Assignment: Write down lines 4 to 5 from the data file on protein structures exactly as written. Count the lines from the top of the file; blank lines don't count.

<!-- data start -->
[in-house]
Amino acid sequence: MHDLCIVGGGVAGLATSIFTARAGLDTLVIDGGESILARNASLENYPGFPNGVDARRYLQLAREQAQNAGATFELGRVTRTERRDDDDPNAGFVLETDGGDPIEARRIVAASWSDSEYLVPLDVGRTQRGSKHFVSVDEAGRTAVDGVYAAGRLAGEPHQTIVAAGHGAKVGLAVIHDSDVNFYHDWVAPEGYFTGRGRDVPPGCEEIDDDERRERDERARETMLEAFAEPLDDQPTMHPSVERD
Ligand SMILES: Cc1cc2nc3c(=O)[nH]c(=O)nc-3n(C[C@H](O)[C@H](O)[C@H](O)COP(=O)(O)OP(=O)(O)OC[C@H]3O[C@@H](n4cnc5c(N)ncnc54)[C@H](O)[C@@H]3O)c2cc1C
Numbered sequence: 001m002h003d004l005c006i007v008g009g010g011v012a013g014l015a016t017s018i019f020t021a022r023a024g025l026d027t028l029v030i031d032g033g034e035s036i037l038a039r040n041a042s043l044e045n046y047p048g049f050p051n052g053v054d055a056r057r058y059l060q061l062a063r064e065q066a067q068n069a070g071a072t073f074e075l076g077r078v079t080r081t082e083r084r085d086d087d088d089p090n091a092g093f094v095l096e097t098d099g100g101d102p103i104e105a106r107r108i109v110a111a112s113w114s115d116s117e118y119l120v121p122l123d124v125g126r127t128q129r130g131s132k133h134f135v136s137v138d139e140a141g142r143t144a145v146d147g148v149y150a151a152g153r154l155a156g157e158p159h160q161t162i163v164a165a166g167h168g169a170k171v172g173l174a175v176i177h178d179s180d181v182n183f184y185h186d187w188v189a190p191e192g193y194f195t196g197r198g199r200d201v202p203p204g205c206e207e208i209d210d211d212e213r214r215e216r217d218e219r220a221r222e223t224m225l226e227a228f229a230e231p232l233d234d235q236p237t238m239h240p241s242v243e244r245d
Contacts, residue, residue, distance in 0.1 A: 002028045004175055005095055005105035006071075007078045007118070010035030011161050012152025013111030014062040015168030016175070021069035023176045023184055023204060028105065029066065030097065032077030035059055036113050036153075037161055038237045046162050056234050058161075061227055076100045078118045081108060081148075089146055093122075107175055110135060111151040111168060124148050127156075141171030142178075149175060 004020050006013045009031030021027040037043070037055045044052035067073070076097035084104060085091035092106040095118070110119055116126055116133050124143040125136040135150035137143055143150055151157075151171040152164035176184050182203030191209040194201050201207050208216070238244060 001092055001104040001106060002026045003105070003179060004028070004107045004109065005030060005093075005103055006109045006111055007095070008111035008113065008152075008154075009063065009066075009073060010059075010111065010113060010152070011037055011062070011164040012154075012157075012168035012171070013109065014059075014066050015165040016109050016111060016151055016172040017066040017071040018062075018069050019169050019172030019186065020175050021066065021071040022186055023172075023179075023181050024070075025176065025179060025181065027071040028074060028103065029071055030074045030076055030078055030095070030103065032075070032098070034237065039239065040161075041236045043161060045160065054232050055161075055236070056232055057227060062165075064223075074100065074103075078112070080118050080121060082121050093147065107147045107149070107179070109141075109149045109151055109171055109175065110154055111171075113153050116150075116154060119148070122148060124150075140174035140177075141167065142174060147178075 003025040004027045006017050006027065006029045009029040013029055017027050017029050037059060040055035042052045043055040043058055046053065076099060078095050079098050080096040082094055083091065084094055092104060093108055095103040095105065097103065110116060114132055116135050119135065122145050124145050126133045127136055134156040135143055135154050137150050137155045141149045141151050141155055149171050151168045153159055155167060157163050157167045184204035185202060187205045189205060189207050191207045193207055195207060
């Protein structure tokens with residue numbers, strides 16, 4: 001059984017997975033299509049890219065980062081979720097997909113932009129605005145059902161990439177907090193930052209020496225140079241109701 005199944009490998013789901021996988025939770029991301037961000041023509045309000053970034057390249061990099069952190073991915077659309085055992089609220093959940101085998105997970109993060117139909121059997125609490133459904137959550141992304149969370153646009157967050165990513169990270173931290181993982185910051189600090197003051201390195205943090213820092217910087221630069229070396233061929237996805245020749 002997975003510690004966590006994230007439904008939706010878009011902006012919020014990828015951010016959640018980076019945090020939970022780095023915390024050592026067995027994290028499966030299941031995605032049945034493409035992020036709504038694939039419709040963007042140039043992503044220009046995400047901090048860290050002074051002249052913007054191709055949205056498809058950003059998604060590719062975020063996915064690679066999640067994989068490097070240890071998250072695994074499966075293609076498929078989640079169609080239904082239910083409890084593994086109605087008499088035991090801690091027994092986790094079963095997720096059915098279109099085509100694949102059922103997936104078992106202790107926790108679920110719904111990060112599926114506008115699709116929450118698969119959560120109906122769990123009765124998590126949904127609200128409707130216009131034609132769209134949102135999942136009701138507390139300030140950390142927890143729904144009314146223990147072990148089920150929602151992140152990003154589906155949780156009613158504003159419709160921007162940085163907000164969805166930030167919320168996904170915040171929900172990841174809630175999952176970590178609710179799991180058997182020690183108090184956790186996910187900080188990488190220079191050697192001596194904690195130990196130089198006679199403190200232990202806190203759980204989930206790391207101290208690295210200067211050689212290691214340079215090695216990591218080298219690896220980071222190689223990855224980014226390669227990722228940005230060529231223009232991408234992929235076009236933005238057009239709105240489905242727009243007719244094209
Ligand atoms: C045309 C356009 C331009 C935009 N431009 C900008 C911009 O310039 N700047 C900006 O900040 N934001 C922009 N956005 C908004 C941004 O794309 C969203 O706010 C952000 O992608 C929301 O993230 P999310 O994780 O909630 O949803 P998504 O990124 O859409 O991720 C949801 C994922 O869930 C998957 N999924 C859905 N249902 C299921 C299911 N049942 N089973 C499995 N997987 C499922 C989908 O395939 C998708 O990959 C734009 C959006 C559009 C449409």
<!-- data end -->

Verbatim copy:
Numbered sequence: 001m002h003d004l005c006i007v008g009g010g011v012a013g014l015a016t017s018i019f020t021a022r023a024g025l026d027t028l029v030i031d032g033g034e035s036i037l038a039r040n041a042s043l044e045n046y047p048g049f050p051n052g053v054d055a056r057r058y059l060q061l062a063r064e065q066a067q068n069a070g071a072t073f074e075l076g077r078v079t080r081t082e083r084r085d086d087d088d089p090n091a092g093f094v095l096e097t098d099g100g101d102p103i104e105a106r107r108i109v110a111a112s113w114s115d116s117e118y119l120v121p122l123d124v125g126r127t128q129r130g131s132k133h134f135v136s137v138d139e140a141g142r143t144a145v146d147g148v149y150a151a152g153r154l155a156g157e158p159h160q161t162i163v164a165a166g167h168g169a170k171v172g173l174a175v176i177h178d179s180d181v182n183f184y185h186d187w188v189a190p191e192g193y194f195t196g197r198g199r200d201v202p203p204g205c206e207e208i209d210d211d212e213r214r215e216r217d218e219r220a221r222e223t224m225l226e227a228f229a230e231p232l233d234d235q236p237t238m239h240p241s242v243e244r245d
Contacts, residue, residue, distance in 0.1 A: 002028045004175055005095055005105035006071075007078045007118070010035030011161050012152025013111030014062040015168030016175070021069035023176045023184055023204060028105065029066065030097065032077030035059055036113050036153075037161055038237045046162050056234050058161075061227055076100045078118045081108060081148075089146055093122075107175055110135060111151040111168060124148050127156075141171030142178075149175060 004020050006013045009031030021027040037043070037055045044052035067073070076097035084104060085091035092106040095118070110119055116126055116133050124143040125136040135150035137143055143150055151157075151171040152164035176184050182203030191209040194201050201207050208216070238244060 001092055001104040001106060002026045003105070003179060004028070004107045004109065005030060005093075005103055006109045006111055007095070008111035008113065008152075008154075009063065009066075009073060010059075010111065010113060010152070011037055011062070011164040012154075012157075012168035012171070013109065014059075014066050015165040016109050016111060016151055016172040017066040017071040018062075018069050019169050019172030019186065020175050021066065021071040022186055023172075023179075023181050024070075025176065025179060025181065027071040028074060028103065029071055030074045030076055030078055030095070030103065032075070032098070034237065039239065040161075041236045043161060045160065054232050055161075055236070056232055057227060062165075064223075074100065074103075078112070080118050080121060082121050093147065107147045107149070107179070109141075109149045109151055109171055109175065110154055111171075113153050116150075116154060119148070122148060124150075140174035140177075141167065142174060147178075 003025040004027045006017050006027065006029045009029040013029055017027050017029050037059060040055035042052045043055040043058055046053065076099060078095050079098050080096040082094055083091065084094055092104060093108055095103040095105065097103065110116060114132055116135050119135065122145050124145050126133045127136055134156040135143055135154050137150050137155045141149045141151050141155055149171050151168045153159055155167060157163050157167045184204035185202060187205045189205060189207050191207045193207055195207060